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ARS Home » Pacific West Area » Hilo, Hawaii » Daniel K. Inouye U.S. Pacific Basin Agricultural Research Center » Tropical Crop and Commodity Protection Research » Research » Publications at this Location » Publication #202049

Title: Stand establishment and yield potential of organically grown seeded and transplanted medicinal herbs

item KLEITZ, K.
item Wall, Marisa
item FALK, C.
item MARTIN, C.
item GULDAN, S.

Submitted to: HortTechnology
Publication Type: Peer Reviewed Journal
Publication Acceptance Date: 6/29/2007
Publication Date: 1/1/2008
Citation: Kleitz, K.K., M.M. Wall, C.L. Falk, C.A. Martin, M.D. Remmenga, S.J. Guldan, 2008. Stand establishment and yield potential of organically grown seeded and transplanted medicinal herbs. HortTechnology. 18:116-121.

Interpretive Summary: Five medicinal herbs (calendula, catnip, lemon balm, nettles, and globemallow) were grown from seed or transplants in southern and northern desert climates to evaluate stand establishment and yield potential. This objective was to supplement small farm production of agronomic and vegetable crops with herb cultivation as an avenue for economic sustainability in rural areas. Transplanted catnip, lemon balm, and globemallow showed the best potential as alternative crops.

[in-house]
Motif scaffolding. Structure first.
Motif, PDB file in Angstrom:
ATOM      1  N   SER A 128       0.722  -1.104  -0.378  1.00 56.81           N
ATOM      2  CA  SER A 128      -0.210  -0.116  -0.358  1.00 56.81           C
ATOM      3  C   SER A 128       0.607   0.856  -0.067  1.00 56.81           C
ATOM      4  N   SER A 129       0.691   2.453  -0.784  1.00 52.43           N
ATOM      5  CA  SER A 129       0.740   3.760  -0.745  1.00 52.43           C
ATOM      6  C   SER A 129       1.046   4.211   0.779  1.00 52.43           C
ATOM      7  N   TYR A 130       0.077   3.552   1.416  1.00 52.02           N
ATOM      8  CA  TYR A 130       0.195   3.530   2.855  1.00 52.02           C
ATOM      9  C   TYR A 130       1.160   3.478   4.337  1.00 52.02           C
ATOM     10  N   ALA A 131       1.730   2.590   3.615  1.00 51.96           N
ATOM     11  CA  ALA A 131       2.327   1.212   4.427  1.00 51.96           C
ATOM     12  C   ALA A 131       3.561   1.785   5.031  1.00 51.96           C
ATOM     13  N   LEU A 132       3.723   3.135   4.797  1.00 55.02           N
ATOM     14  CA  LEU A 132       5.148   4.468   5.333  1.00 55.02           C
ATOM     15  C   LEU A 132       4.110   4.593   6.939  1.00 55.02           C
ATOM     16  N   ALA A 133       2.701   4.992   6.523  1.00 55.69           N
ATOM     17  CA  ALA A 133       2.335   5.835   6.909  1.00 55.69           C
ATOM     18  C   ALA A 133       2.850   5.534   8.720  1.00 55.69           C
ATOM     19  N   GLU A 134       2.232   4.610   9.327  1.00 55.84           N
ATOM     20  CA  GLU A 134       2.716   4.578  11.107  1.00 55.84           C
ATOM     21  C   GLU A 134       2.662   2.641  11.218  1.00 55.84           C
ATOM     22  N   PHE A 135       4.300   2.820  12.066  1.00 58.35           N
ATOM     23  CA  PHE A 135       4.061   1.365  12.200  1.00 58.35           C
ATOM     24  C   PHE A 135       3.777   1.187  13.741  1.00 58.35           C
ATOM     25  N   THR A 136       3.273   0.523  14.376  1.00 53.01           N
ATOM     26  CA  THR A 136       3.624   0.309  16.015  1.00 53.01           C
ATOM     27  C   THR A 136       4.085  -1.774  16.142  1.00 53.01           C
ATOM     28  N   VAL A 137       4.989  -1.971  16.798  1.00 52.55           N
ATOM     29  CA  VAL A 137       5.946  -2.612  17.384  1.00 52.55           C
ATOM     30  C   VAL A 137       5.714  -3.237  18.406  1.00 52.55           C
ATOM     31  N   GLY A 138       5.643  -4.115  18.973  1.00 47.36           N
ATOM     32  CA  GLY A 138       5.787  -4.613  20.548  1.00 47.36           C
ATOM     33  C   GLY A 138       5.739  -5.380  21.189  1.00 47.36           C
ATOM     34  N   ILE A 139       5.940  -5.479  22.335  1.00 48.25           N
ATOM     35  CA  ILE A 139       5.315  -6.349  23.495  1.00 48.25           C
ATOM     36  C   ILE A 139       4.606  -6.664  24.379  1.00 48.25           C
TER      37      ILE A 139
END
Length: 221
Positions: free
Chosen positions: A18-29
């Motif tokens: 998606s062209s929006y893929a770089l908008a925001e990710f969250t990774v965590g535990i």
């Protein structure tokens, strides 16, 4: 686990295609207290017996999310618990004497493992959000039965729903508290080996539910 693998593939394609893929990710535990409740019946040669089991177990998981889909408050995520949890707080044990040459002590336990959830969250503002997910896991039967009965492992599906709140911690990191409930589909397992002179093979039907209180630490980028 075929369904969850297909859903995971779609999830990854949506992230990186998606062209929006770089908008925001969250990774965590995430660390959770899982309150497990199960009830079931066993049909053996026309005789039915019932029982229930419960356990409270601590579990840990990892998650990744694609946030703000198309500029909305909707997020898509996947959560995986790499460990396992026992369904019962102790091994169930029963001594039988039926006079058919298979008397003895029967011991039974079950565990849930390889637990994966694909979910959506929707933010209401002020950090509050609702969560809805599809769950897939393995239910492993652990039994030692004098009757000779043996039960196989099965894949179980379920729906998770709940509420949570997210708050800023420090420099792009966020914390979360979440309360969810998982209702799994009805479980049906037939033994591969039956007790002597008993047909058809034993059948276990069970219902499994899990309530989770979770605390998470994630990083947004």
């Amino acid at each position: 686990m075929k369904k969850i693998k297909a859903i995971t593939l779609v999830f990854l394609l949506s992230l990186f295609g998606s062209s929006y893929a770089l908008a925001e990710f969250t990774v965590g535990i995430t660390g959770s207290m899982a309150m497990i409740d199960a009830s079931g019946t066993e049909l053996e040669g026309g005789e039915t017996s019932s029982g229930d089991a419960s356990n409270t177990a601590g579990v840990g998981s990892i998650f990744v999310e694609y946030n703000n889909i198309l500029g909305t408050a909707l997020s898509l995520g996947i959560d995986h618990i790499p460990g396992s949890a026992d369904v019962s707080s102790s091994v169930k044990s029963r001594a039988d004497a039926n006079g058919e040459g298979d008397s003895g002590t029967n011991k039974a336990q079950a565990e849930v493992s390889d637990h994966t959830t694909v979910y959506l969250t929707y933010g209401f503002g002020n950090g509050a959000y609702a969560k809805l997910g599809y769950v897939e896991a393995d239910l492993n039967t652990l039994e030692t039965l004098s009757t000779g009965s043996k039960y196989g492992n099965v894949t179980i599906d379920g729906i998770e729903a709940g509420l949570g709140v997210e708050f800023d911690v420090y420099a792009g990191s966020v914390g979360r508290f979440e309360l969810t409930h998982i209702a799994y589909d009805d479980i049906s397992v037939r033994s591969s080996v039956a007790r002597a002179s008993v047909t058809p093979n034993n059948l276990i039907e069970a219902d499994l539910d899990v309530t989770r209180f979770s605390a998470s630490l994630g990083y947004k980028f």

Technical Abstract: Field studies were conducted at Las Cruces, N.M., and Alcalde, N.M., to compare direct seeding to transplanting for stand establishment and yield estimates of calendula (Calendula officinalis L.), catnip (Nepeta cataria L.), lemon balm (Melissa officinalis L.), stinging nettles (Urtica dioica L.), and globemallow (Sphaeralcea spp.). Las Cruces is at an elevation of 1,186 m and has an average of 220 frost-free days per year; Alcalde is at an elevation of 1,743 m and averages 152 frost-free days per year. Data were collected on stand establishment, growth rates and fresh and dry weight yields. Transplanting enhanced establishment for lemon balm and nettles in both years at Las Cruces. Catnip, lemon balm, nettles, and globemallow transplants had better stand establishment than direct seeding in Alcalde. Highest yields were obtained for transplants of catnip, globemallow, and lemon balm for both sites, while Alcalde had substantial yields of nettles for plants that grew for a second season. Dry weight yields of catnip were 4.86 t/ha in 1995 and 7.90 t/ha in 1996 in Las Cruces. Alcalde yields for dried catnip were 2.43 t/ha in 1995 and 5.12 t/ha in 1996. Transplanted globemallow dry weight yields were 6.04 t/ha in 1995 and 9.17 t/ha in 1996 for Las Cruces. Dried nettles yields for Alcalde were 5.91 t/ha for plants that overwintered and were harvested in the second season.